Power efficiency isn’t just important for on-device AI. Data centers that run AI training and inference consume massive amounts of energy. That’s why we have taken our expertise in the design of power efficient on-device AI inference to engineer a solution targeted for the cloud: Qualcomm Cloud AI 100.
We are democratizing AI
It is not enough just to have great hardware. Making it easy for developers to take advantage of heterogeneous computing is challenging but essential. To bridge that gap, we have introduced the Qualcomm Neural Processing Software Developer Kit (SDK). This features an accelerated runtime for on-device execution of convolutional neural networks (CNN) and recurrent neural networks (RNN) — which are great for tasks like image recognition and natural language processing, respectively — on the appropriate Snapdragon engines, like the Qualcomm Kryo CPU, Qualcomm Adreno GPU, and Hexagon DSP. The same developer API provides access to each of our engines so developers can easily switch their AI tasks from one to another.
The SDK also supports common deep learning model frameworks, such as TensorFlow, PyTorch, and ONNX. The SDK is designed to be lightweight, flexible, and deliver optimal performance per watt by leveraging Snapdragon technology. In addition, the SDK is designed to enable developers and OEMs in a broad range of industries, from health care to automotive, to run their own proprietary neural network models. We are amazed and encouraged by the applications that the AI ecosystem has developed on our AI Engine in a short amount of time. We look forward to collaborating more with the AI ecosystem to introduce transformative experiences and enhance our everyday lives.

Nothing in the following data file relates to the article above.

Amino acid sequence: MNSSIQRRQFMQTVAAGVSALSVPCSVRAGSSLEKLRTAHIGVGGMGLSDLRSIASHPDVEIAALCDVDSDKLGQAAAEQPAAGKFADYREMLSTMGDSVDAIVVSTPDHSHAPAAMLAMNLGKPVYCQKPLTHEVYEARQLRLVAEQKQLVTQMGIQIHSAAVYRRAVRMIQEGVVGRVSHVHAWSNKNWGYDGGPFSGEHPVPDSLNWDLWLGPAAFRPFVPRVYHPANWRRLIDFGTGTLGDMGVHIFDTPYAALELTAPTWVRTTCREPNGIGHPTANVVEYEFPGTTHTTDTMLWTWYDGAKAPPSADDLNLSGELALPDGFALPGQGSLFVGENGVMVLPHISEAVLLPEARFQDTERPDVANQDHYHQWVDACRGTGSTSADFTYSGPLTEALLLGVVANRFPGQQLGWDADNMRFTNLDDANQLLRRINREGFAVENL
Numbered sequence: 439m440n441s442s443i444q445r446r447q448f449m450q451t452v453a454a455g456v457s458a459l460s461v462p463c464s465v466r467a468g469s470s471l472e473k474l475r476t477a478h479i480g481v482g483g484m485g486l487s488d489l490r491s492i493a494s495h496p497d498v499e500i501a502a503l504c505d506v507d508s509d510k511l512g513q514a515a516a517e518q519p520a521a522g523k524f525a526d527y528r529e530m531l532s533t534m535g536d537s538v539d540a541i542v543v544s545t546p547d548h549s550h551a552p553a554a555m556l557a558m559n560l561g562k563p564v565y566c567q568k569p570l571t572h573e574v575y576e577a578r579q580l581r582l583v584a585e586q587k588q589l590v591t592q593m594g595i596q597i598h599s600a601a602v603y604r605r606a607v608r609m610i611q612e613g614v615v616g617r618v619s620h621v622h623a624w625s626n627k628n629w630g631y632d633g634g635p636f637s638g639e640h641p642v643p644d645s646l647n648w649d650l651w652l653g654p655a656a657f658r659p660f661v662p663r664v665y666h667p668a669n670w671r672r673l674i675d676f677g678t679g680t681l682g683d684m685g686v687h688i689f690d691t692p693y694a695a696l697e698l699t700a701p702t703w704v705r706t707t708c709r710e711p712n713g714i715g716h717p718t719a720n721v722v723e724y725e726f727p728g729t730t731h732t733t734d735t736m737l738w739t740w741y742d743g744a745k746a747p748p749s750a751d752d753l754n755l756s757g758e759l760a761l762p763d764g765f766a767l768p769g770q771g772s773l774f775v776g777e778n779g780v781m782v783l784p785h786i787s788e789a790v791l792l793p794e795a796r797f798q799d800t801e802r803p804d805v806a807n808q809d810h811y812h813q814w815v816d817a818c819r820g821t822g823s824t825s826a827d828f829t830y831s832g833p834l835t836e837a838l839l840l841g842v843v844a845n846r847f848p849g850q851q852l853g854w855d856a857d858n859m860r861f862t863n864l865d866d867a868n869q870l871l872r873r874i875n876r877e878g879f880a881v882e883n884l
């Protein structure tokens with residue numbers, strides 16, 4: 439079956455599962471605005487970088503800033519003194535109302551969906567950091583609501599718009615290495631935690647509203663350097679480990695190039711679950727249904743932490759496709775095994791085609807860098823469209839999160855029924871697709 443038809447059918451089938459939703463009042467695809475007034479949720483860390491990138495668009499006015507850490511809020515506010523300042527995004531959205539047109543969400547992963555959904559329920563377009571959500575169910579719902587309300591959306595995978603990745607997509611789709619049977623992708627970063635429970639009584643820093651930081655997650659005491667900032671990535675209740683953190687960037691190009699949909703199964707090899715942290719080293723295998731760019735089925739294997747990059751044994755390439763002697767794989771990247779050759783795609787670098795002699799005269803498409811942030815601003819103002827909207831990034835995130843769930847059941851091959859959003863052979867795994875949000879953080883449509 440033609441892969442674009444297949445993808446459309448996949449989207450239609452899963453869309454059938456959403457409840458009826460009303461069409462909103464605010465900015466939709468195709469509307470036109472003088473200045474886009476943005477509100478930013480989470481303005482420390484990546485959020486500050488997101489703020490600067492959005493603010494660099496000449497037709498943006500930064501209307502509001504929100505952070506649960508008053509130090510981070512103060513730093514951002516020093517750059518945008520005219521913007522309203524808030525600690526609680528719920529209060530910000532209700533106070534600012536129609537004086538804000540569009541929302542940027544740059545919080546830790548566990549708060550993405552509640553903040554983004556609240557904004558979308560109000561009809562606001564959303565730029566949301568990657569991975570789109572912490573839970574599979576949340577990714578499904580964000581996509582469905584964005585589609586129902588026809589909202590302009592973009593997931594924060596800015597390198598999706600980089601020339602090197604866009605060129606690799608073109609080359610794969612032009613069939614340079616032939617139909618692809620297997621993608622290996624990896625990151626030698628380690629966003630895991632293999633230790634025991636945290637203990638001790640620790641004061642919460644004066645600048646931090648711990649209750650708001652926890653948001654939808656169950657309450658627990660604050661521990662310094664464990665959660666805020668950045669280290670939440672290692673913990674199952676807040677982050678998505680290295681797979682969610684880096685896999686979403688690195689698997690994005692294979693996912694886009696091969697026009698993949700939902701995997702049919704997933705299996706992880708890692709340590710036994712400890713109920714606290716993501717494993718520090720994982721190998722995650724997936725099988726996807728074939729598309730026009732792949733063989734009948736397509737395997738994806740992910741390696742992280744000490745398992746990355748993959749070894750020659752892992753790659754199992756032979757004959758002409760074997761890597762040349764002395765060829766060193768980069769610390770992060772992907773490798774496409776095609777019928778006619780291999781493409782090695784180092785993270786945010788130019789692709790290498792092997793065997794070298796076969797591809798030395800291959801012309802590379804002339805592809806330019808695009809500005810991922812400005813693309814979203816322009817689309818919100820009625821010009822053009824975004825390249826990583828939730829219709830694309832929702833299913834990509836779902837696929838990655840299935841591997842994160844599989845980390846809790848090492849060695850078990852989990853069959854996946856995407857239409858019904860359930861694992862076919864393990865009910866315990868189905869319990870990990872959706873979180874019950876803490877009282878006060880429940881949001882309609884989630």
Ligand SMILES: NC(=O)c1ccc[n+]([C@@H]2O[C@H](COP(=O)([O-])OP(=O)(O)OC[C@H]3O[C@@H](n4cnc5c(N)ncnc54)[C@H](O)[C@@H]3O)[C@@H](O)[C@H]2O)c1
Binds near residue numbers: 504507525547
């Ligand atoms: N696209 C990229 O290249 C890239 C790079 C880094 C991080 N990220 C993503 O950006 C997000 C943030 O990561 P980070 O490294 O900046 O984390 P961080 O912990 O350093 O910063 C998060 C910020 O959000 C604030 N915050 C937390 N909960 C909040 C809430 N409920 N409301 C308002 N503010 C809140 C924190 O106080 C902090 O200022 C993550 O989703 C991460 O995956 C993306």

The 5G era with distributed intelligence
AI and 5G are synergistic, working together to revolutionize industries and enable new experiences. In a hyperconnected world in which virtually everyone and everything are connected, data needs to be processed close to the source in order to scale and meet immediacy, privacy, and security requirements. We envision AI processing being distributed across the central cloud, the edge cloud, and the device depending on the use case requirements. The AI processing that happens on, or close to the device, is what we call the intelligent wireless edge.
Applying AI not only to the 5G network but also the device will lead to more efficient wireless communications, longer battery life and enhanced user experiences. For example, AI will improve the 5G end-to-end system through increased radio awareness, which will bring a variety of improvements, such as enhanced device experience, improved system performance, and better radio security.